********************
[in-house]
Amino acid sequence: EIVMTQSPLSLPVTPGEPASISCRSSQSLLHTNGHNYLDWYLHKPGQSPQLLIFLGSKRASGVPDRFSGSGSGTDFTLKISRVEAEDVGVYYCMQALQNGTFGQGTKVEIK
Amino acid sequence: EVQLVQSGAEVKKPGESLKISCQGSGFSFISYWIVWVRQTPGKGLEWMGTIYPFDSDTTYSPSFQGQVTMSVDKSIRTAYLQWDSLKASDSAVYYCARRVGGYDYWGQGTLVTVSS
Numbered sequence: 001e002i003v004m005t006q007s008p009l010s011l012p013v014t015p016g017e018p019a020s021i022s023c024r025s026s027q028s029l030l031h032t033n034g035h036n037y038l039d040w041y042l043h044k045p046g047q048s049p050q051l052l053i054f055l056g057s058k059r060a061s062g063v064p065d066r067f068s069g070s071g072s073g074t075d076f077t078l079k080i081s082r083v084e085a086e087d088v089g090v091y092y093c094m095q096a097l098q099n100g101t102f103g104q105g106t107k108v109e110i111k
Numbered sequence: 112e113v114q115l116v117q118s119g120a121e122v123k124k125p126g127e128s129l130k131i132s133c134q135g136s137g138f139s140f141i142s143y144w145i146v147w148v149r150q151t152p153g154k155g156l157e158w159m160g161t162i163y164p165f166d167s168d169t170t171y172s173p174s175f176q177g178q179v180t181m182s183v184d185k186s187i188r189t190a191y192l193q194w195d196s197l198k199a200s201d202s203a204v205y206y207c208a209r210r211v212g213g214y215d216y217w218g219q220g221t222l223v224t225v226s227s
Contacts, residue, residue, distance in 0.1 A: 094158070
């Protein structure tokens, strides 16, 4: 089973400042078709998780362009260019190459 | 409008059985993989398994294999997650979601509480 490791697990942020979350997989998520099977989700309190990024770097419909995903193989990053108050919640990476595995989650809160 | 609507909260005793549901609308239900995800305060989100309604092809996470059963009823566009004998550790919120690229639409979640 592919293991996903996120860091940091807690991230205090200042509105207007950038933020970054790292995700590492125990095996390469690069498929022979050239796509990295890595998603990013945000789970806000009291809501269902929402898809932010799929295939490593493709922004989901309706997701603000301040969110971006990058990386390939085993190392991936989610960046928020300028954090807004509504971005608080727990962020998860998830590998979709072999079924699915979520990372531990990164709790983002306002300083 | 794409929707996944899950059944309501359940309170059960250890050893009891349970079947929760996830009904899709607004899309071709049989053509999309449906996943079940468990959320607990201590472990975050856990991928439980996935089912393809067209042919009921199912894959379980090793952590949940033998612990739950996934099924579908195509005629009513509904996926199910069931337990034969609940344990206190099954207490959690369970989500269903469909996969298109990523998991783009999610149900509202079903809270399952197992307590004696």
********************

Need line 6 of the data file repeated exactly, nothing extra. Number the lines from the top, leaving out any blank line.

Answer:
Contacts, residue, residue, distance in 0.1 A: 094158070